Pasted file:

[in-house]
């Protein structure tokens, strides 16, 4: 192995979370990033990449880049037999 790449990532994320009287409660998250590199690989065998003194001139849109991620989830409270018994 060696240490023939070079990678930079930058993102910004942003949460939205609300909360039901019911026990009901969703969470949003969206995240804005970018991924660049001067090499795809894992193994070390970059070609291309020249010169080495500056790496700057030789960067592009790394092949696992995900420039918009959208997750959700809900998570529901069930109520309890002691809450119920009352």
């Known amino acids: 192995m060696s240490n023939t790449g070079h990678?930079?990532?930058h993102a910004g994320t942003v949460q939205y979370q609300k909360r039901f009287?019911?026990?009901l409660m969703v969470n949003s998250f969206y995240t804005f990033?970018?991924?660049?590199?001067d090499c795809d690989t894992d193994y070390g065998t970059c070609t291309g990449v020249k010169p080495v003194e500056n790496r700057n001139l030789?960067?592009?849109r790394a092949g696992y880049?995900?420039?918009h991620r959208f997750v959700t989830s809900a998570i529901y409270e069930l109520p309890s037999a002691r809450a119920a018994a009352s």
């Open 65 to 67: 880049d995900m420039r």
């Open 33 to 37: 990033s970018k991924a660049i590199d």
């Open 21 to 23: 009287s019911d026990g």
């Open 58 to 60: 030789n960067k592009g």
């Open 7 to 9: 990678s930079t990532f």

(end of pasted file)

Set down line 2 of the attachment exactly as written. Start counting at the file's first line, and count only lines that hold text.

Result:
């Protein structure tokens, strides 16, 4: 192995979370990033990449880049037999 790449990532994320009287409660998250590199690989065998003194001139849109991620989830409270018994 060696240490023939070079990678930079930058993102910004942003949460939205609300909360039901019911026990009901969703969470949003969206995240804005970018991924660049001067090499795809894992193994070390970059070609291309020249010169080495500056790496700057030789960067592009790394092949696992995900420039918009959208997750959700809900998570529901069930109520309890002691809450119920009352």